Junot Diaz: Breaking The Model Of Identity In The Latino Language

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Entering Latino Literature 339 I had no idea what would occur within the course. It was a course that you had to have previous knowledge of Latino history and writings. That was something that I did not have and constantly worried about what I did not know. However, that was not the case for this class and ended up learning an array of works and ideals. This course and its pieces of literature broaden my horizon with Latino literature. New York Latino literature shows the documented change in familial generations of identity. What does it mean to be Hispanic, Latino or even Spanish? Once that question is answered what does it mean when you add American to the end of that? As a person that identifies as Latina American other can assume that…show more content…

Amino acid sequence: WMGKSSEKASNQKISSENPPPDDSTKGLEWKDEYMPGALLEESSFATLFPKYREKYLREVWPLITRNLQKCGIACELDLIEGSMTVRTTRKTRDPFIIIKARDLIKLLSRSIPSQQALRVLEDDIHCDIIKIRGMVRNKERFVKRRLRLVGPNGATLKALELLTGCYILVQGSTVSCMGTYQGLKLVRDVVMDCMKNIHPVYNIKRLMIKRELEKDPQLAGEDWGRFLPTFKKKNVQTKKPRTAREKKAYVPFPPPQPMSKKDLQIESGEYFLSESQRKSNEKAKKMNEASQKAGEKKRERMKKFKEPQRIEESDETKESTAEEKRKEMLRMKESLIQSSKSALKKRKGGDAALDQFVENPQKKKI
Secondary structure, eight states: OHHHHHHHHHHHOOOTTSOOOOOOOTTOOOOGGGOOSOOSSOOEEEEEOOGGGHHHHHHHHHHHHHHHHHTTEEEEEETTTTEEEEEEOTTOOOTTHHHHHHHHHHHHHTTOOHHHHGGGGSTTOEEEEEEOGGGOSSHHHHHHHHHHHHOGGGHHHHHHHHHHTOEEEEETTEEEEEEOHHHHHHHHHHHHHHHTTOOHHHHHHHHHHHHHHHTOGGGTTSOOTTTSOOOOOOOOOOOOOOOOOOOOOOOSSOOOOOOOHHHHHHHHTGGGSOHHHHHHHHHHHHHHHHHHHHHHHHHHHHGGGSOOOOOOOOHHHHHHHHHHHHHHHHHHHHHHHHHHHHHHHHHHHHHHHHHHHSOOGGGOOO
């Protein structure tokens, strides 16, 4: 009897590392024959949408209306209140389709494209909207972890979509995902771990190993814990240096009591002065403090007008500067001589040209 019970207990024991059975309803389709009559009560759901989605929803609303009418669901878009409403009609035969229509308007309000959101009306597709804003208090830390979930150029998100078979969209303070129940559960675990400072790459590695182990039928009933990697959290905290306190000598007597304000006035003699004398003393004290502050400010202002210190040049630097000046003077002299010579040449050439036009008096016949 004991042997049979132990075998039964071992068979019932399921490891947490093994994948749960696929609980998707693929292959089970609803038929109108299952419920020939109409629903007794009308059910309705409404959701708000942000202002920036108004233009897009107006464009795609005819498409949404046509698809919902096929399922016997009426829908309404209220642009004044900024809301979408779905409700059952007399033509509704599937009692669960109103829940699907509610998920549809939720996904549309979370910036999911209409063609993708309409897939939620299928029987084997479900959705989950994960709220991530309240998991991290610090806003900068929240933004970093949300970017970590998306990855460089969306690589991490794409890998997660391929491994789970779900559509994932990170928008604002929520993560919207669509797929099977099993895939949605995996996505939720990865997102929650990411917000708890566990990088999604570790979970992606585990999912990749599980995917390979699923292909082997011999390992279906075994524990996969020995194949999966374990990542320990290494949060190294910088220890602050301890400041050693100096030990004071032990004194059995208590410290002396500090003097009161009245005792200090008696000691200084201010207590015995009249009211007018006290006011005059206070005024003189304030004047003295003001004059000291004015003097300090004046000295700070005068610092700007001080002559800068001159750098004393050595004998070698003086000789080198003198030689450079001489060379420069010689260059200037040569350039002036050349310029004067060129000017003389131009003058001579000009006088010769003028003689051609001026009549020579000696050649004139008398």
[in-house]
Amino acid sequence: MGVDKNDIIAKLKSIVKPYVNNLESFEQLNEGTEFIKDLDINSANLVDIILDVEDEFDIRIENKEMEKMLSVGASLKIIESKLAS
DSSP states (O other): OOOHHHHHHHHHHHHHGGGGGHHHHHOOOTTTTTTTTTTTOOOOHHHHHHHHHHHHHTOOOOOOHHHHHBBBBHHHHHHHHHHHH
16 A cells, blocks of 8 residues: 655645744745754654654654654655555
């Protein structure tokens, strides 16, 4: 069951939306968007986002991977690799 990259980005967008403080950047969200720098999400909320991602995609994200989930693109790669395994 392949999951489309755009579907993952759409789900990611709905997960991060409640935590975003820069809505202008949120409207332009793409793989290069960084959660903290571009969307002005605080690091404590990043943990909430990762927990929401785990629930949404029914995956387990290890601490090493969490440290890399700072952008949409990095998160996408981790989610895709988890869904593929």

Junot Diaz is a well-known author in the 2000s and begins to break the model of the Dominican stereotypes. He writes about a character of Yunior, who is seen as the black sheep of his family. He does not act as a traditional Dominican man like his father or brother. Two strong willed males who have a way with the women. Something that Yunior lacks and instead is interested in his grades and comic book. Junot Diaz also demonstrates these attributes in another character by the name of Oscar. Oscar is no longer seen as a traditional Dominican man and his identity becomes skewed “Because in those days he was (still) a "normal" Dominican boy raised in a "typical" Dominican family, his nascent pimp-liness was encouraged by blood and friends alike” (Diaz 2361). Being a normal and typical Dominican boy was encouraged however when he decided to adopted American mannerisms or liked American things. Junot Diaz liked to break these stereotypes and develop characters that are mixture of American and Dominican. Rather than having a papa suave man he creates dimensional characters who can be liked or not liked. Their identity lies within their actions and not just based on nationality. Oscar is also a second generation character who has had the chance to live in America at a young age and had the chance to be

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